3. If you start to see a term everywhere even where you shouldn't, it's a bad term. Or at least has jumped the shark.

  4. If you ask five people what something means and get three different answers, it's a bad term.

  5. If VC's are investing in something with that term, it's a bad term. Just kidding about the VC's. We love you guys. Give us money!

What I'm waiting on now is Pond Computing. You know, green and cloudy.

Friday, August 14, 2009

More on the Microsoft Word Patent Infringement

I am truly fascinated by the Microsoft-i4i patent infringement case. What's not to love. A small company takes on one of the biggest money makers from one of the biggest companies and wins! Today, Groklaw ( published links to the court documents along with some commentary. It's really good stuff.

As I have (repeatedly) mentioned before, I'm not a lawyer. I'm a technologist and business person. Some of the arguments presented in the documents are technical legal arguments. I won't even begin to comment on those.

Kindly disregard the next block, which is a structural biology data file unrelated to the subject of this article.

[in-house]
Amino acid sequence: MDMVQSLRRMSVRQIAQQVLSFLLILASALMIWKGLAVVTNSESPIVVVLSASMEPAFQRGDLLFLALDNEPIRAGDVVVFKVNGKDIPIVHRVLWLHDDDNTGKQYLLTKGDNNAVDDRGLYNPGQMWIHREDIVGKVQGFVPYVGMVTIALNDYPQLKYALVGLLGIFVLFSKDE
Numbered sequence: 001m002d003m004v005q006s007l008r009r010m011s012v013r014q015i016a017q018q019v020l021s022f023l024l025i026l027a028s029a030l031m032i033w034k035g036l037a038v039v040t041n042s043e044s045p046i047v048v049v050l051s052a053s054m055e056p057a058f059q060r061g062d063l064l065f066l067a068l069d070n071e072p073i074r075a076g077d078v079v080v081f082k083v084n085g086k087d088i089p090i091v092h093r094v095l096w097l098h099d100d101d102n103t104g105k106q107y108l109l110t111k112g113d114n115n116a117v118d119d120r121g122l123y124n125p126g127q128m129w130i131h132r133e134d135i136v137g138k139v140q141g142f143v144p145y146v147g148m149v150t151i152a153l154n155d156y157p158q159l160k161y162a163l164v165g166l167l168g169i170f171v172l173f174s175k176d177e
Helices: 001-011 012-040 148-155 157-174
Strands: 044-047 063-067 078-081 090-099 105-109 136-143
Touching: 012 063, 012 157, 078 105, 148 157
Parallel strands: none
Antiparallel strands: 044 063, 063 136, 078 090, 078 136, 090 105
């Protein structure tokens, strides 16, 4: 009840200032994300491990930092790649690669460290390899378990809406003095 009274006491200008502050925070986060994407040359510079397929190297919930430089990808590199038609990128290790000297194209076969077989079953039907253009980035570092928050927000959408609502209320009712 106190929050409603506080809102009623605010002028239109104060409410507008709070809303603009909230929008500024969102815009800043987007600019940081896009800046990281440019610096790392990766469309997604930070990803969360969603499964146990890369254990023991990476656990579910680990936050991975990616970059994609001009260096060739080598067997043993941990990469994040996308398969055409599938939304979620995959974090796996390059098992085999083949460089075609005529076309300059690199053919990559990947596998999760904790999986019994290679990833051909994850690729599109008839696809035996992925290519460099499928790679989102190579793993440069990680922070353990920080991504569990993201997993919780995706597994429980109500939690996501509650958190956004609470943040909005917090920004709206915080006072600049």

I also won't comment on the whole idea of software patents. I'll let the folks at Groklaw do that. In this case it really doesn't matter because it's not what the case is about. The core issue is whether Microsoft should have known better and done something different before adopting OpenXML.

What caught my attention immediately was how the court got the subtle technical arguments presented to it. Clearly, this is not a case of some judge living in the DOS age. Despite Microsoft's protests to the contrary, the court understood the technical arguments and simply didn't agree with Microsoft. Too bad for the boys in Redmond – someone found a judge with the geek gene.